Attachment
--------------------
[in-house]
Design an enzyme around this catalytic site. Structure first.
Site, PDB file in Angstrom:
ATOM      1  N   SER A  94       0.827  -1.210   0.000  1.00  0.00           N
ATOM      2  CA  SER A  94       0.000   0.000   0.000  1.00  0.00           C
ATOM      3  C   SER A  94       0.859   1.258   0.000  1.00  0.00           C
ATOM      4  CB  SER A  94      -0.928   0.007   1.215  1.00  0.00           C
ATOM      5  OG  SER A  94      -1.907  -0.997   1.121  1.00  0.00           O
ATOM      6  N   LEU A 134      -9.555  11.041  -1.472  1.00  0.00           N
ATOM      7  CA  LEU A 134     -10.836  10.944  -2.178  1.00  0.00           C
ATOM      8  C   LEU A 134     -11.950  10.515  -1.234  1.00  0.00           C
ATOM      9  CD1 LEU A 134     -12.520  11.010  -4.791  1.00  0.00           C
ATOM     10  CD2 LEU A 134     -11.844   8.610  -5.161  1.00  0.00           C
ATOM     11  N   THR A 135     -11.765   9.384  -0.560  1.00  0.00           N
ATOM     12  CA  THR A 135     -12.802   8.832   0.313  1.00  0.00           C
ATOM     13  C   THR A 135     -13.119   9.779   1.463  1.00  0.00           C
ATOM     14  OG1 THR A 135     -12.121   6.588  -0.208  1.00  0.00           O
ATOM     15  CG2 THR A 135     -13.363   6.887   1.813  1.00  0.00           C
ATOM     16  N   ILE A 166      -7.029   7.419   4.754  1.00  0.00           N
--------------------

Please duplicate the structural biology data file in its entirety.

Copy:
[in-house]
Design an enzyme around this catalytic site. Structure first.
Site, PDB file in Angstrom:
ATOM      1  N   SER A  94       0.827  -1.210   0.000  1.00  0.00           N
ATOM      2  CA  SER A  94       0.000   0.000   0.000  1.00  0.00           C
ATOM      3  C   SER A  94       0.859   1.258   0.000  1.00  0.00           C
ATOM      4  CB  SER A  94      -0.928   0.007   1.215  1.00  0.00           C
ATOM      5  OG  SER A  94      -1.907  -0.997   1.121  1.00  0.00           O
ATOM      6  N   LEU A 134      -9.555  11.041  -1.472  1.00  0.00           N
ATOM      7  CA  LEU A 134     -10.836  10.944  -2.178  1.00  0.00           C
ATOM      8  C   LEU A 134     -11.950  10.515  -1.234  1.00  0.00           C
ATOM      9  CD1 LEU A 134     -12.520  11.010  -4.791  1.00  0.00           C
ATOM     10  CD2 LEU A 134     -11.844   8.610  -5.161  1.00  0.00           C
ATOM     11  N   THR A 135     -11.765   9.384  -0.560  1.00  0.00           N
ATOM     12  CA  THR A 135     -12.802   8.832   0.313  1.00  0.00           C
ATOM     13  C   THR A 135     -13.119   9.779   1.463  1.00  0.00           C
ATOM     14  OG1 THR A 135     -12.121   6.588  -0.208  1.00  0.00           O
ATOM     15  CG2 THR A 135     -13.363   6.887   1.813  1.00  0.00           C
ATOM     16  N   ILE A 166      -7.029   7.419   4.754  1.00  0.00           N